What is our relationship with money? Do we really know? Are retail customers changing their financial habits at all? Chris Skinner finds out.

I blogged the other day about too many banks and that there’s not a big enough market for 40 of them here in Britain. It made me think about what customers really want. We talk about digital, apps, mobile and more, yet the average customer … are they bothered? I suspect that many don’t give a jot about whether the bank offers these or not. Maybe young professionals do, but the average punter on the high street, I’m not so sure. In fact, going against the grain of many of my own blog entries and those of others, I can see a world where a bank doesn’t need to bother to develop and deploy anything, and they would still keep most of their customers.

Half of all customers wouldn’t switch banks, even if their bank didn’t offer a decent mobile app, because it’s not important to them. Another quarter of the bank’s customers would only switch if they were offered a nice bribe, such as the Santander 123 account that cost it £1bn a year in lost profit to get people to switch. Mind you, a bribe does work, because over three million of the UK’s meanies moved. This demonstrates that it’s nothing to do with tech that gets customers to move –it’s about the money in their pockets and purses.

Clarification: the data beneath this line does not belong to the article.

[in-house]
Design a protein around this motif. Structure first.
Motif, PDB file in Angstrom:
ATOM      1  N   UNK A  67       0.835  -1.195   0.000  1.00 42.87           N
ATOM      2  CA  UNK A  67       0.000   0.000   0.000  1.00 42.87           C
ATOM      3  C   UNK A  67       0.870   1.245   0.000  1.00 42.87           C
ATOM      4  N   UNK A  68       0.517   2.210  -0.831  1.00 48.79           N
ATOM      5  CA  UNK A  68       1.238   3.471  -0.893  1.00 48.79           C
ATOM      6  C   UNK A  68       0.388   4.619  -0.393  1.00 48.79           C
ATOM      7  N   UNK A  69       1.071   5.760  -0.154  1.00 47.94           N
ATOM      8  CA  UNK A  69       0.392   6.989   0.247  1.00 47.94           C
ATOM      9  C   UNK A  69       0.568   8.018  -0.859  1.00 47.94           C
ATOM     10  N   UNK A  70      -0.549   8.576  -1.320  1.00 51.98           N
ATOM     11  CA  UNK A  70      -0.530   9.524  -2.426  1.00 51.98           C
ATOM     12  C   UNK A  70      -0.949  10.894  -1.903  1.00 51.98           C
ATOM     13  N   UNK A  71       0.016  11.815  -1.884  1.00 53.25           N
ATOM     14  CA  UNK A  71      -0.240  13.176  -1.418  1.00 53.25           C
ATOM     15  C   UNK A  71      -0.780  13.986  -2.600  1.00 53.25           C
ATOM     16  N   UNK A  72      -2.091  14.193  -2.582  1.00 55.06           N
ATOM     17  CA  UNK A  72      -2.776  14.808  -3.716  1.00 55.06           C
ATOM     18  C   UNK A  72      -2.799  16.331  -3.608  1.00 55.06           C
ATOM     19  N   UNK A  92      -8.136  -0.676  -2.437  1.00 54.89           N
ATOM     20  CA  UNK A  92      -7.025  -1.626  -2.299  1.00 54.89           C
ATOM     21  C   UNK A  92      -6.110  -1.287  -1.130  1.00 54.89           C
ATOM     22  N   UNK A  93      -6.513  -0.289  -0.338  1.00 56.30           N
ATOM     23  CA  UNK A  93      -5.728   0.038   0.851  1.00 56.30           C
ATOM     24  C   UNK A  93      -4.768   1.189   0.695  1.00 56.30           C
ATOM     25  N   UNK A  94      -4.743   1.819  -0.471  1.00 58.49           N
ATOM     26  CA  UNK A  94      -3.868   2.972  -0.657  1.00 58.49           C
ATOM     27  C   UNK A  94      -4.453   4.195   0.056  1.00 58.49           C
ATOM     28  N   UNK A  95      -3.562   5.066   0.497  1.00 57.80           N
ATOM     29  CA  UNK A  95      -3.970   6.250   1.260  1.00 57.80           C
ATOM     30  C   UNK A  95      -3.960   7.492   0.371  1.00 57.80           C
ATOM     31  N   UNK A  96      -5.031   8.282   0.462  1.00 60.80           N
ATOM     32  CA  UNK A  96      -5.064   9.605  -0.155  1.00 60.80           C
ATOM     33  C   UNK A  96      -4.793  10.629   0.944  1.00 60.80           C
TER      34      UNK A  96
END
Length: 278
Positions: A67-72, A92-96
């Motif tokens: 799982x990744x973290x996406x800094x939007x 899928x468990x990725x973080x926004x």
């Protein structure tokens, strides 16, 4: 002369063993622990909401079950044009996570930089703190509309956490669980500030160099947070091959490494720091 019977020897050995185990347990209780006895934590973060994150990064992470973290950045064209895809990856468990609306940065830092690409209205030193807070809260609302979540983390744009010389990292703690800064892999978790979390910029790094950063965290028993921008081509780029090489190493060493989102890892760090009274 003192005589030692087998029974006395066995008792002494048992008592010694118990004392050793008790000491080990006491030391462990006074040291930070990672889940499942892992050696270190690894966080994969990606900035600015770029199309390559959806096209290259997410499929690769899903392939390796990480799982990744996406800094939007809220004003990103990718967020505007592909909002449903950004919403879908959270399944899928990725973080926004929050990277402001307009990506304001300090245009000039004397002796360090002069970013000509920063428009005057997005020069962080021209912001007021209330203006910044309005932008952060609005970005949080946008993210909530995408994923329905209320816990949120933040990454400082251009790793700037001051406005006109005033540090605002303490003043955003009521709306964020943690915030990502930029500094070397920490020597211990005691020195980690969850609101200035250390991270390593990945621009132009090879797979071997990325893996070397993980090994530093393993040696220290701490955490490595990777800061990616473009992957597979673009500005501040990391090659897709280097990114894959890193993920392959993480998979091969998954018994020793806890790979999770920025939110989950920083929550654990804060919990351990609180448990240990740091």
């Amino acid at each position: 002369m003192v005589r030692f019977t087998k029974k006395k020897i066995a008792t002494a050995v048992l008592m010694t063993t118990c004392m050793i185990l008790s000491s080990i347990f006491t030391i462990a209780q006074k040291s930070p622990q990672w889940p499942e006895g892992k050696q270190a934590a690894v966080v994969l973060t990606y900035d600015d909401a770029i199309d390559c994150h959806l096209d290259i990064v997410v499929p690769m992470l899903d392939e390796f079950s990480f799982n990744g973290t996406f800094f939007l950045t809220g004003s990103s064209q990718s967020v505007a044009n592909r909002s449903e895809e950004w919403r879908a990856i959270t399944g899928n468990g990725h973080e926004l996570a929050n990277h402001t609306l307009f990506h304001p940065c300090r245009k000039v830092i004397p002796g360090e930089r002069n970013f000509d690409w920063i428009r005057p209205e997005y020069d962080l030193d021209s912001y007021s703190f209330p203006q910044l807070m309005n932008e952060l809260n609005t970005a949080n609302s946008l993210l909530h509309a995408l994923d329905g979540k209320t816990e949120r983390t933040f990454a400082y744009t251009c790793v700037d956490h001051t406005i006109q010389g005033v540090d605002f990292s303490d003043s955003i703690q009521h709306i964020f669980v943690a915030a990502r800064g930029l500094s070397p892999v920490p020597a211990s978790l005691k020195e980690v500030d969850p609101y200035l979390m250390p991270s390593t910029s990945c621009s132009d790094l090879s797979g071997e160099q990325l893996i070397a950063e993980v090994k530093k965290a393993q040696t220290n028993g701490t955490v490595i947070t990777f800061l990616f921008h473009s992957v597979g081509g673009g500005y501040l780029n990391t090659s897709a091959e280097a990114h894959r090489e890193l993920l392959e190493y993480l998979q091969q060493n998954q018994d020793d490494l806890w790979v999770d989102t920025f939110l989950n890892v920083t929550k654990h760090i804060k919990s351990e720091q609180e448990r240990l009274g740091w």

Finally, there’s a segment that are bothered about how innovative the bank is. How big is that segment? I have no idea, but it’s not huge, as First Direct has been offering a cool, high level of customer service bank without branches for a quarter of a century, yet only attracted just over a million customers. Metro Bank has been open for over six years, has branches and tech, and still hasn’t achieved a million customers. Spending £2m on each of its 42 branches, and yet to turn a profit, the bank is adding over 20,000 customers a month, growing to a total of 848,000 customers as of the end of Q3.

So going back to my earlier discussion of too many banks, if there’s only a very small segment of the population that will be lured by tech banking, how much is that segment worth?

If only a small segment of the population is lured by tech banking, how much is that segment worth? Click To Tweet

Financial relationships

Well, quite a lot as it turns out. After all, as I blogged the other day, the branch experience can be a salutary one. This means the branch user is primarily a non-technical one or a business these days. They’re not the confident hi-tech customer, and most of those are pretty well off. I’m not saying poor people use branches, but I am saying that the higher-worth customer doesn’t, or not out of choice anyway. However, the anomaly here may be that the poorer customer makes the bank more money. Poorer customers get more charges, go overdrawn more often, need more credit and are generally going to be the ones you can make more money from.

Does this mean, therefore, that the hi-tech bank is going to have the higher net worth, less profitable customer? Yes, but they aren’t unprofitable, as higher net worth customers can be cross-sold more products: mortgages, investment, cards, loans, savings and more. In fact, looking to the US, here’s a few interesting stats from The Financial Brand.